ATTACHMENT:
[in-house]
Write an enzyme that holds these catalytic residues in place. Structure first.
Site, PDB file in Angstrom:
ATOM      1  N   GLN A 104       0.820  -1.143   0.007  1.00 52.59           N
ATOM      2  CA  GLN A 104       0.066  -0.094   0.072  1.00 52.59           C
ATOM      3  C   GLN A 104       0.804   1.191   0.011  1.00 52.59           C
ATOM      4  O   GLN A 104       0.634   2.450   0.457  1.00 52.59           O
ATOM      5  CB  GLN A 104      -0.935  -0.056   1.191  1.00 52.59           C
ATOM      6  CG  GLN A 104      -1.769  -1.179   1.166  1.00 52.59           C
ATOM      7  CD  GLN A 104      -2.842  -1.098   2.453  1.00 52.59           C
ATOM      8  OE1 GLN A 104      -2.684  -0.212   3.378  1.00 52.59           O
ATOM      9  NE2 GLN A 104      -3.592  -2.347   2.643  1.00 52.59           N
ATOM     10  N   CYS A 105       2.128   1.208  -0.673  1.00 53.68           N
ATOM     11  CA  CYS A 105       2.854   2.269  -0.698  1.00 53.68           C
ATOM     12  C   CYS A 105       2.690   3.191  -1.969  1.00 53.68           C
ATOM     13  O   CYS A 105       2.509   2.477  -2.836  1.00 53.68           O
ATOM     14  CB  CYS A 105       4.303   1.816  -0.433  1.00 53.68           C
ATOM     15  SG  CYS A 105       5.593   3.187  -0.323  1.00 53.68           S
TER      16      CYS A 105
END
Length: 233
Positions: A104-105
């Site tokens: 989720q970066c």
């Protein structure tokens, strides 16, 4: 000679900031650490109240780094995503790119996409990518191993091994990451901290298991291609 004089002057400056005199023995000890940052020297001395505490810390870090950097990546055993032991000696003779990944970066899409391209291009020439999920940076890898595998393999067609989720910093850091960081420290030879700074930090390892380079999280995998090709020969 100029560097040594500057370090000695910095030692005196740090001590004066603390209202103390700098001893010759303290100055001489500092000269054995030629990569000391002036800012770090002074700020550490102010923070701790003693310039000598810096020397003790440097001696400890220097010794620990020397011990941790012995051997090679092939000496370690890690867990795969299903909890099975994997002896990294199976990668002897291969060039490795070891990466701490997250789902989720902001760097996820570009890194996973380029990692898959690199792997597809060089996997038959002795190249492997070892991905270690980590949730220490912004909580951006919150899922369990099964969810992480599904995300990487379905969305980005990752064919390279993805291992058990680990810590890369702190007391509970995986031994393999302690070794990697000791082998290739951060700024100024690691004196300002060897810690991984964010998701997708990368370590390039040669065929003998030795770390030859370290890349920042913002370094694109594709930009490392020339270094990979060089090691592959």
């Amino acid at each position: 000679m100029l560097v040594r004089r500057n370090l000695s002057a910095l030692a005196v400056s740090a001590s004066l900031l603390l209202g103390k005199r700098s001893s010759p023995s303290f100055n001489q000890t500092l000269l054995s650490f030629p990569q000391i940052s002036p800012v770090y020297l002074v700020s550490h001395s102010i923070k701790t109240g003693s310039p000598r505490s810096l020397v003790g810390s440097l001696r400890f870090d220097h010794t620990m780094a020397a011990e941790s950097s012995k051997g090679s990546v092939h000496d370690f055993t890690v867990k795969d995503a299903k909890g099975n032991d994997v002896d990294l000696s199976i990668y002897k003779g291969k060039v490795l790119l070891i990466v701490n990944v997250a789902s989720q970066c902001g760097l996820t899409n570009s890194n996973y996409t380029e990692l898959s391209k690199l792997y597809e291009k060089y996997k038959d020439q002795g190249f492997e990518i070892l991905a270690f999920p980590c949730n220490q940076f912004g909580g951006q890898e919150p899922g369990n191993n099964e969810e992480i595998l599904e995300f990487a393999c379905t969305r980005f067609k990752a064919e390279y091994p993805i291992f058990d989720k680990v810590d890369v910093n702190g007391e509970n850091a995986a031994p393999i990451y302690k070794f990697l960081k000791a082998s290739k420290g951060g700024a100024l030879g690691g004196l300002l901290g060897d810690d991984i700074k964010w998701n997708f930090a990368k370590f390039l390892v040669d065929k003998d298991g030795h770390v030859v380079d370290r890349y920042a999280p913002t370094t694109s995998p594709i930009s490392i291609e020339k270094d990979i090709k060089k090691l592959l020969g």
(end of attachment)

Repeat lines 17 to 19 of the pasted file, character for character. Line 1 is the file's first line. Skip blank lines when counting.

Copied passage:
ATOM     14  CB  CYS A 105       4.303   1.816  -0.433  1.00 53.68           C
ATOM     15  SG  CYS A 105       5.593   3.187  -0.323  1.00 53.68           S
TER      16      CYS A 105